Wednesday, April 28, 2010

Tough month? A few ways to make ends meet.

I am scatter-brained and already bored with video games. I'll get back to them, I promise. Now, here are a few ways to find extra money if you've had unexpected expenses that will put a temporary strain on your accounts:

1. Stop contributing to retirement accounts. This should be something of a last resort and assumes you have been contributing. If there has been a legitimate emergency, though, this is a better alternative than both payday loans and borrowing from your 401k -- especially if you are able to make it up by contributing a little extra in a couple months.

2. Evaluate your cell phone plan. Many carriers will let you make changes to your plan at any time, not just when the contract is up. Consider whether you can switch to a less expensive plan for a couple months. Keep in mind if you just passed your billing date, you may get billed for the old plan for one more month.

3. Watch your utilities. If it's your bills that are scaring you, keep the lights, computers, TV, and other electronics and appliances off as much as possible. Take shorter showers, don't water the lawn, and try to lower your utility bills.

4. Clean house. Dig up old stuff that no one uses anymore, and either toss them on ebay or rush to put together a garage sale.

5. Use what you have. Try hard to make meals from the food you have sitting around, do not go out to restaurants or movies, and delay as many routine purchases as possible. In addition to the obvious savings from not buying stuff, this helps you delay a stop at the gas station.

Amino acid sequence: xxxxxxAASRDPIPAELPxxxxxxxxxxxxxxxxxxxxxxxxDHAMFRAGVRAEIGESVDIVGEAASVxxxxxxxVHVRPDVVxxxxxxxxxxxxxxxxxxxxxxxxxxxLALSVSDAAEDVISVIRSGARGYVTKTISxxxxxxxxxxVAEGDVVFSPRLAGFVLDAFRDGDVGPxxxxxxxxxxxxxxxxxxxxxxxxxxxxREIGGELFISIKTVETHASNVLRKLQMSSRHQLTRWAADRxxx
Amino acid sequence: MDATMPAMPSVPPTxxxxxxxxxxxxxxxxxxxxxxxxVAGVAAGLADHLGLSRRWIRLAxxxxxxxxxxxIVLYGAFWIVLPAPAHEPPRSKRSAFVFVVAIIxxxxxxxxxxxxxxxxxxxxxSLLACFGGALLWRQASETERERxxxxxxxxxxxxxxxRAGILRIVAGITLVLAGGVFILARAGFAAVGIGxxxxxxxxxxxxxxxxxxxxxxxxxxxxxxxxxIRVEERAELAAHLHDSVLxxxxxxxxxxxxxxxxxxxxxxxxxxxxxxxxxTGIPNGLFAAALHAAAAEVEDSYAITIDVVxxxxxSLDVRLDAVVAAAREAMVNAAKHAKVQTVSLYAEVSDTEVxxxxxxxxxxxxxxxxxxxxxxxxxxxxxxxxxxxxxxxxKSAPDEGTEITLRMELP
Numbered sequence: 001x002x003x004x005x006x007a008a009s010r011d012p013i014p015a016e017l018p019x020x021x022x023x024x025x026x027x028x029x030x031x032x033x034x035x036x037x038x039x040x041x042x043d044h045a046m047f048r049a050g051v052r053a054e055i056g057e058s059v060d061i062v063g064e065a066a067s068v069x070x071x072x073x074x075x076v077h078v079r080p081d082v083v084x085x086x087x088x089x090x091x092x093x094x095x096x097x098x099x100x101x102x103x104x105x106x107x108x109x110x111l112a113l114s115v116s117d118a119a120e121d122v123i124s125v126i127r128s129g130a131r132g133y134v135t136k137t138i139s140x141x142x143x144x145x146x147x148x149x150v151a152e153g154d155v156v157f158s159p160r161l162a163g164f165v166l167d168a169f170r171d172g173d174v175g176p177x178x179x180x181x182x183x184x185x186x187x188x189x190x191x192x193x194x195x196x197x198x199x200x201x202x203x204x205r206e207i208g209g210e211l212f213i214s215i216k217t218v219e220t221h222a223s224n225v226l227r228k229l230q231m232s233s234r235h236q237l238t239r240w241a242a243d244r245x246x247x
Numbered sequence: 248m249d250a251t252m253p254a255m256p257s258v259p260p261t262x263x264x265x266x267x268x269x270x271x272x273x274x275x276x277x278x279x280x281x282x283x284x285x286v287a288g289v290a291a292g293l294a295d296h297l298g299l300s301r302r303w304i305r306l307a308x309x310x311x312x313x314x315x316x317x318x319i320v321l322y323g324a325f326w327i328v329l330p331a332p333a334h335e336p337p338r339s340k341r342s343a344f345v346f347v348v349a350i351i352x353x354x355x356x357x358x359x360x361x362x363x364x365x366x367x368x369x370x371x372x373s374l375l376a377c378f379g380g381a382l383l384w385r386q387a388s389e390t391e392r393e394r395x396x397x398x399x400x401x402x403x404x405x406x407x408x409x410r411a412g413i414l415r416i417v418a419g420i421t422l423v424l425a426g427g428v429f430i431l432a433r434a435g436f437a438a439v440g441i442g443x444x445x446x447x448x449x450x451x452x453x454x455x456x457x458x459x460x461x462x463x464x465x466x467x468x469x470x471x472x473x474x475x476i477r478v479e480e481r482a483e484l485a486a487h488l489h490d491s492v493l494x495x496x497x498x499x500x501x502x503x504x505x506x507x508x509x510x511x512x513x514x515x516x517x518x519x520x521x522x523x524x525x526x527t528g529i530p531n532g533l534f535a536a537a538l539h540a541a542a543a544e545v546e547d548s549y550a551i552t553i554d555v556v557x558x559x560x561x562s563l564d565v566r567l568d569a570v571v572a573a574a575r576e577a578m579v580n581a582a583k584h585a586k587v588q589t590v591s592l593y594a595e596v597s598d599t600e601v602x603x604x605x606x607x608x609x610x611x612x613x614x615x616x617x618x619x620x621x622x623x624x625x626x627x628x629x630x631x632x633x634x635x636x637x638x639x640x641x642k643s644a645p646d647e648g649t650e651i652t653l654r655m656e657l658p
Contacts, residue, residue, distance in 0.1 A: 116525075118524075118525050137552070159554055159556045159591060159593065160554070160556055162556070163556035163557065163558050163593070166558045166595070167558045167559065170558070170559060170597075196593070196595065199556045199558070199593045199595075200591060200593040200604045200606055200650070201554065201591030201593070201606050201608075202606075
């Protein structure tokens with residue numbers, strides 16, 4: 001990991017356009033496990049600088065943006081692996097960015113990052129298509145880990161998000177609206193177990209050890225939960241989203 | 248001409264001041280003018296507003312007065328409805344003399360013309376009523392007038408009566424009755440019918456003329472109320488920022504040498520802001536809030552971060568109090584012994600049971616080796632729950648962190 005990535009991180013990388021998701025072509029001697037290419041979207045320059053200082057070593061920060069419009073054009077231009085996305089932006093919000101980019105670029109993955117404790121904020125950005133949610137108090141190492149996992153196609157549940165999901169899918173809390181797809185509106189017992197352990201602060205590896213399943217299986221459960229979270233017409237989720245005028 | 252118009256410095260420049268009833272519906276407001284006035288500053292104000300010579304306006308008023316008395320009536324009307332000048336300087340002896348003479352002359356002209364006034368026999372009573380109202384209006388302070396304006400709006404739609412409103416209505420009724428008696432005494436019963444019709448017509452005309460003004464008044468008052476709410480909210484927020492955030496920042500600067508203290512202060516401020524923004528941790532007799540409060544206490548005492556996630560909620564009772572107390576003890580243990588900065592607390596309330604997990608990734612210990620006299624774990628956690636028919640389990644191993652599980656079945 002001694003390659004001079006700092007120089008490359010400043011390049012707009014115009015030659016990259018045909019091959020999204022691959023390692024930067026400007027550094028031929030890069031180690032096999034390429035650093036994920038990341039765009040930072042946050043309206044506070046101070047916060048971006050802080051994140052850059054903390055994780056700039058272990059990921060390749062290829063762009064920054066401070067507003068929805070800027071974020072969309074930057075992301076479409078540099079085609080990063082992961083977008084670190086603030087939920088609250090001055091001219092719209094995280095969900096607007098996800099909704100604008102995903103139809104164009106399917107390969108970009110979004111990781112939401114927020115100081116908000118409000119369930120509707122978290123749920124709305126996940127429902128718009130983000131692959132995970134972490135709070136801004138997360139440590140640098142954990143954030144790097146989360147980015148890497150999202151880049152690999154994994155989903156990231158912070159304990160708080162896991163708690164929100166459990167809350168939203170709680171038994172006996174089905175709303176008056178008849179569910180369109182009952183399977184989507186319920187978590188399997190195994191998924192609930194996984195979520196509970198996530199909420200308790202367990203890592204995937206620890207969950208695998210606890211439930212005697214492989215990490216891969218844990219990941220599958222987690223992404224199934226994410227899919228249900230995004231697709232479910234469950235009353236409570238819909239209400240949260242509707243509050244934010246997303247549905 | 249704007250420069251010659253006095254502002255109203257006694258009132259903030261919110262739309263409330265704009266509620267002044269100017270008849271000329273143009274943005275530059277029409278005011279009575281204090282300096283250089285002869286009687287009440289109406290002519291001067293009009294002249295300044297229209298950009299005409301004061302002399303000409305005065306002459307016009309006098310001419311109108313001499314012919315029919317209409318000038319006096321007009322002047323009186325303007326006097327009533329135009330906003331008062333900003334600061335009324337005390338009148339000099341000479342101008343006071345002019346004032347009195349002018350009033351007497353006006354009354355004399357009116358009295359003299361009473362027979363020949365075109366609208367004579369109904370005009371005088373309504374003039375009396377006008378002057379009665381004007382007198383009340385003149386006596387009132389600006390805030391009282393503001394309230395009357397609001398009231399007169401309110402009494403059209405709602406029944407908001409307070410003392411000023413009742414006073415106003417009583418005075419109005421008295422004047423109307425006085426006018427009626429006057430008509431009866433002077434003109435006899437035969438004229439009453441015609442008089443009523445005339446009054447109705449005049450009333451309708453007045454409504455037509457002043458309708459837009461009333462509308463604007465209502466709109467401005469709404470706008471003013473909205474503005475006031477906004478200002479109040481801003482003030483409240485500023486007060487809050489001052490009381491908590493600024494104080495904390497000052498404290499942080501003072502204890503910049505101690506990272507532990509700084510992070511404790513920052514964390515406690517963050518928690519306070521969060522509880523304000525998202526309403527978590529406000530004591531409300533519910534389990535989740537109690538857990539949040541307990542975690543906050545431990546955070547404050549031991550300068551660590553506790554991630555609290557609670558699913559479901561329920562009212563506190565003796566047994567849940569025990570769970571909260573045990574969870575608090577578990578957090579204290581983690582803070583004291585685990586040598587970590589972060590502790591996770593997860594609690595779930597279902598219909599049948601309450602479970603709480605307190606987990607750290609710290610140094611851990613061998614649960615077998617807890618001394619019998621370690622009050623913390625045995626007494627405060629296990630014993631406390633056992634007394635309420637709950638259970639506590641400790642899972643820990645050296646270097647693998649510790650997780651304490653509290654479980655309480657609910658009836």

6. If your medical history allows it, look into donating plasma. Private blood banks typically pay decent money, and it is not significantly more involved than giving blood.

7. Take a close look at the charges on your credit cards and checking account. See all those small, insignificant charges? They add up. Look for a pattern, and find ways to avoid all those charges. In my case, I can save $150/mo just by eating in and packing lunches.

8. Care. That's the absolute biggest step you can take. My girlfriend lives with two housemates. Her finances, despite a college budget, are always in good shape. Her roommates both work more, make more money, and frequently end the month with as little as $2 in the bank. While all 3 girls know they are on limited budgets, my girlfriend is cautious with her money and thinks before spending. The other two constantly eat out and make purchases, not caring whether they will have money left over.

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